Vermicomposting, the mesophilic production of organic amendment via interactions between microbes and earthworms, is an attractive alternative as it may circumvent the problems encountered with composting of grape marc5,8,12,13,14. Vermicomposting has previously been shown to effectively neutralize the pH of grape marc and reduce polyphenol content and phytotoxicity8,12,13,14,15. Furthermore, the application of grape marc vermicompost has been shown to positively improve vineyard soil through enhanced availability of nitrogen and carbon mineralization16. Therefore, vermicomposting of grape marc may offer a sustainable alternative for wineries to recycle winery wastes. However, optimization of grape marc vermicomposting for commercial applications necessitates a better understanding of the underlying biological processes.
In order to assess the role of microbial communities (microbiomes) during vermicomposting of marc from an exemplar white grape (Vitis vinifera v. Albariño), we coupled 16S rRNA high-throughput sequencing and sophisticated metataxonomic analyses17 of amplicon sequence variants. Using this approach we characterized the taxonomic and phylogenetic diversity, metabolic function and explored bacterial community succession throughout the vermicomposting process for 91 days.
Earthworm density and microbial activity during vermicomposting of white grape marc
The total number of earthworms increased during the vermicomposting process until day 70, when the population reached its maximum density (Fig. 1 inset). Since no additional substrate was added to the vermireactor after day 0, the earthworm population increased to its maximum density and then declined until the end of the experiment. Microbial activity (measured as basal respiration) decreased during vermicomposting (Fig. 1). These results indicate that the vermicomposting process was successful and provides an adequate framework for studying the succession of bacterial communities during vermicomposting.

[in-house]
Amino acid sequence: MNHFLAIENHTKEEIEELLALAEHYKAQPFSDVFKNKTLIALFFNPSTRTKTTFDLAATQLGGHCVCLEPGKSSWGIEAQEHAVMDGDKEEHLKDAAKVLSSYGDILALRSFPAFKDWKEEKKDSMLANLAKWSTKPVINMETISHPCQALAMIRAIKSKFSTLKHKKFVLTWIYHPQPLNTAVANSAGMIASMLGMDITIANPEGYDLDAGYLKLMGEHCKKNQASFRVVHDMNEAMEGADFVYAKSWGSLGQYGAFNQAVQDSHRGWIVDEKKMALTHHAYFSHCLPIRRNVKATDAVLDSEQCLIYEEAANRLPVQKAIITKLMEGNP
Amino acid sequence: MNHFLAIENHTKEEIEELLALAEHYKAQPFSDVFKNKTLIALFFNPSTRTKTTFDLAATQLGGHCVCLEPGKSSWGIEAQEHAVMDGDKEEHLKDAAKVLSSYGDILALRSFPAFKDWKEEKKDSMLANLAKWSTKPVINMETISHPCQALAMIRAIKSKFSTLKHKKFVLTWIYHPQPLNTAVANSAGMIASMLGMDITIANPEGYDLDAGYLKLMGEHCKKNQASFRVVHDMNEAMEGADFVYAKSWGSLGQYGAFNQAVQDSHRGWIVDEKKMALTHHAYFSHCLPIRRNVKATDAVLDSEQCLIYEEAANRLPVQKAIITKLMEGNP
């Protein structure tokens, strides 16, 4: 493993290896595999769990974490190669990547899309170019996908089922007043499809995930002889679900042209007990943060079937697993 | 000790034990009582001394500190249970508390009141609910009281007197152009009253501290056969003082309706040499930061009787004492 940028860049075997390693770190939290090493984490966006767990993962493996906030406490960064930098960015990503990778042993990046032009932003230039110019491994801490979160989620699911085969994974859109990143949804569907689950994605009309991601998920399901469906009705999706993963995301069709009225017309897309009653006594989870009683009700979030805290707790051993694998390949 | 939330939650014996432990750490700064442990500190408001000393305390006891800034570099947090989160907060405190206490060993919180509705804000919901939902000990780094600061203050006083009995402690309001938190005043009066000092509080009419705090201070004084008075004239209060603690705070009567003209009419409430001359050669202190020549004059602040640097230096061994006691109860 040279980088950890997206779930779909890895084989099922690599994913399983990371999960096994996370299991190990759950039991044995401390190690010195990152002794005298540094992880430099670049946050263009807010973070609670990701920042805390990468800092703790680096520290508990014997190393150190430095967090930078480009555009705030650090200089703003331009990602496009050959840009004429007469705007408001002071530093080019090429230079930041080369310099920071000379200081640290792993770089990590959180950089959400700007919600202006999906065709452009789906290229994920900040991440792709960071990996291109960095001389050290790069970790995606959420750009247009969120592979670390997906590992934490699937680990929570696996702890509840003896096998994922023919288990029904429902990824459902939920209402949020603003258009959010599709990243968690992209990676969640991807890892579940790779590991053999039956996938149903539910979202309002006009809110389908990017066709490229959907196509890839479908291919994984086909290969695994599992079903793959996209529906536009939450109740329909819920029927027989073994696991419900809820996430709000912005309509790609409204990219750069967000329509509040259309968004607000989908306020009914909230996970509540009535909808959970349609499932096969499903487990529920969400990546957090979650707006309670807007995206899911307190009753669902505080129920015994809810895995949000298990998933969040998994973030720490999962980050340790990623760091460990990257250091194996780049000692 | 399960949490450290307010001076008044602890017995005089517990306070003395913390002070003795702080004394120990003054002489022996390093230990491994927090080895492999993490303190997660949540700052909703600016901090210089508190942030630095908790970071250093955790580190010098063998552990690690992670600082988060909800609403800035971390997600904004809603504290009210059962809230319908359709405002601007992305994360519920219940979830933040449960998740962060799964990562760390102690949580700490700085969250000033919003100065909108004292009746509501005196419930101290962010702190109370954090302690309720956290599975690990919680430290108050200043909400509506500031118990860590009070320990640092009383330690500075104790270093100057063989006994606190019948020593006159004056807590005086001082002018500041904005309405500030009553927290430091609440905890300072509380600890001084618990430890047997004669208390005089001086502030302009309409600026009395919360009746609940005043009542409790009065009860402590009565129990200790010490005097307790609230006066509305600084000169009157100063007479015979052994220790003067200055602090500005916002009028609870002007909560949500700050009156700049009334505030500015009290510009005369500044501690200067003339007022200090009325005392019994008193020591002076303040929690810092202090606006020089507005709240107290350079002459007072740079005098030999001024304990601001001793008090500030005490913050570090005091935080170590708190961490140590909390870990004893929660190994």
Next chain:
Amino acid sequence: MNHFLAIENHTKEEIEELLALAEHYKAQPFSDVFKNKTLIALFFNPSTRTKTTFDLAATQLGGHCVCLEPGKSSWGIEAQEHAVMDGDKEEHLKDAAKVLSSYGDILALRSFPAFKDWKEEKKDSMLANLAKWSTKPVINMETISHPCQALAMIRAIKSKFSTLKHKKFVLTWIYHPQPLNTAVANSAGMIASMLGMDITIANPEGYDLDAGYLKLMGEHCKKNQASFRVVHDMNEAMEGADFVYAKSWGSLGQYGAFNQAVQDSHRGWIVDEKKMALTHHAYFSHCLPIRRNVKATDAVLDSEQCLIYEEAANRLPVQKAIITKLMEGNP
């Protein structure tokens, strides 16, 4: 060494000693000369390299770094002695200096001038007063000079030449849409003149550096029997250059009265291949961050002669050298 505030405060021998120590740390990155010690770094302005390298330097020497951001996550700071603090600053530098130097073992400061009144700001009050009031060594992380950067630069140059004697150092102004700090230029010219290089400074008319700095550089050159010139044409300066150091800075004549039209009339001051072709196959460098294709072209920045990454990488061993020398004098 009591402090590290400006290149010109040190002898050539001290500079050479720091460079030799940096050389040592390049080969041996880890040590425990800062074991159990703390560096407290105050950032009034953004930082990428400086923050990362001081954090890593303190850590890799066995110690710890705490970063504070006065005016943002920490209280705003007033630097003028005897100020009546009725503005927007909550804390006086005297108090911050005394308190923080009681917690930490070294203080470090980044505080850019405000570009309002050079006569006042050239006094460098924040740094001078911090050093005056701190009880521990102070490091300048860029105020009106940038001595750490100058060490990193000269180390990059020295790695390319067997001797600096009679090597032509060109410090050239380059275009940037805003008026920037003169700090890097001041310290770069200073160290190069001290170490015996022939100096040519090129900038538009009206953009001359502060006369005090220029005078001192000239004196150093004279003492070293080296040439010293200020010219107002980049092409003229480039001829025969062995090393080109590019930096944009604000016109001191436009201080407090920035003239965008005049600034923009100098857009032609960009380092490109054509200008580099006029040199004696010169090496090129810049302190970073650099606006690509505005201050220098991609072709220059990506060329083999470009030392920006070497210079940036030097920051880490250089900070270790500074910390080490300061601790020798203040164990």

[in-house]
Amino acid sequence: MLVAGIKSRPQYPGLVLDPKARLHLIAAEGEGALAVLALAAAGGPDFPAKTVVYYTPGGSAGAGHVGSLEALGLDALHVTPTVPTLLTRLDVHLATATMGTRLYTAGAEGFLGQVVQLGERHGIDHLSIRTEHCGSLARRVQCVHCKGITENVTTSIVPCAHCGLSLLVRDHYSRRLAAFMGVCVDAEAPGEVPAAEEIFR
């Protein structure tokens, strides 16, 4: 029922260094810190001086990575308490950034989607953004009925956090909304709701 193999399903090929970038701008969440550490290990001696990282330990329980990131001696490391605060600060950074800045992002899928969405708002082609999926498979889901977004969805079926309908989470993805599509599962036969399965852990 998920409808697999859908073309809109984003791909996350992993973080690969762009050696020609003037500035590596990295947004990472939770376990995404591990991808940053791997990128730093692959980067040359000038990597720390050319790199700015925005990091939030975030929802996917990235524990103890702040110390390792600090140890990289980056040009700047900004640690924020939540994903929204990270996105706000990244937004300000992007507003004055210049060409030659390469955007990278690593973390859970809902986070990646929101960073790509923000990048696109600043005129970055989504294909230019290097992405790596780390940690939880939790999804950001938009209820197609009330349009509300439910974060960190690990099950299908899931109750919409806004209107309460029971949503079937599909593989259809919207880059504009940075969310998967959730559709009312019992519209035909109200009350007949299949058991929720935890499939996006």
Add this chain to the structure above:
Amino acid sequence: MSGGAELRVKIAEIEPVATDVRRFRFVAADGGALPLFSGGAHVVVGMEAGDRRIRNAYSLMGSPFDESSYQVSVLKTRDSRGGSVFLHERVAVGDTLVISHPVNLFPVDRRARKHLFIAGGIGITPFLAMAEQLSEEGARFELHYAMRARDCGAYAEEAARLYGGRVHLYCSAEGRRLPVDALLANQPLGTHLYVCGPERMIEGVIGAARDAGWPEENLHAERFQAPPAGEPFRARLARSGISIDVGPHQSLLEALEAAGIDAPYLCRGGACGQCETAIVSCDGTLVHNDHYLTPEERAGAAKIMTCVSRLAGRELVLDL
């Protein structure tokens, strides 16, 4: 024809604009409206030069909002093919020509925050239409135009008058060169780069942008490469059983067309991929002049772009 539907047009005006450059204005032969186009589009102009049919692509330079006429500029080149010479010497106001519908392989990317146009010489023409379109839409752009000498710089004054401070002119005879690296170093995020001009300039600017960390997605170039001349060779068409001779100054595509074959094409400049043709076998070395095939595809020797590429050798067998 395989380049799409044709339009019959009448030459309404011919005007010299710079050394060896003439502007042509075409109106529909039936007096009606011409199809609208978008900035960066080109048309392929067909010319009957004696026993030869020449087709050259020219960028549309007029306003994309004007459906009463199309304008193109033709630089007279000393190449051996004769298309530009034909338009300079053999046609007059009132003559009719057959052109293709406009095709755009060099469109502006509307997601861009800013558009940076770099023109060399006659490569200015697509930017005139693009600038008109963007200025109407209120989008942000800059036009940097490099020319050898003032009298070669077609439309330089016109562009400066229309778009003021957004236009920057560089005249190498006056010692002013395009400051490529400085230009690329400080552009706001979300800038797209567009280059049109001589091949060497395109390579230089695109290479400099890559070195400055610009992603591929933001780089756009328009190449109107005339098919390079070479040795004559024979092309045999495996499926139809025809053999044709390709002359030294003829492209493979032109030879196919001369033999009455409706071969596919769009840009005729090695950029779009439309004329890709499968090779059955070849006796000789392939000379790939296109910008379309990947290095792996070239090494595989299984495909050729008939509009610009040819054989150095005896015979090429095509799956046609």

Changes in bacterial community composition during vermicomposting of white grape marc
Bacterial community composition changed significantly (p < 0.001) during vermicomposting of white grape marc (Fig. 2; Table 1). The bacterial community of fresh grape marc was dominated by the phyla Proteobacteria and Firmicutes, but large changes were observed in community composition after only 7 days of vermicomposting. Most notably, the abundance of Firmicutes, which began at nearly 40%, decreased rapidly to 8% in day 7 and remained around 1% relative abundance for the duration of the experiment (Table 1). Bacteroidetes increased significantly (p < 0.001) within the first 7 days and made up approximately 50% of sequences during the middle time points of the experiment (days 14 and 28) before decreasing slightly in the mature vermicompost. The relative abundance of sequences belonging to phyla Actinobacteria and Verrucomicrobia was small, but increased during vermicomposting.
Over 50% of the sequences in the initial grape marc substrate belonged to the phylum Proteobacteria. Although Proteobacteria continued to make up a significant proportion of the bacterial communities during vermicomposting, there was a shift in the composition of Proteobacteria broken into the class level (Supplementary Fig. 2). The majority of Proteobacteria sequences in the fresh grape marc belonged to the class Alphaproteobacteria (95%); however, Gammaproteobacteria made up a large portion of Proteobacteria sequences during vermicomposting (47–75%). In the case of the other four most abundant phyla during vermicomposting, each was dominated by a single class (Supplementary Fig. 2).
Changes in α- and β-diversity during vermicomposting of white grape marc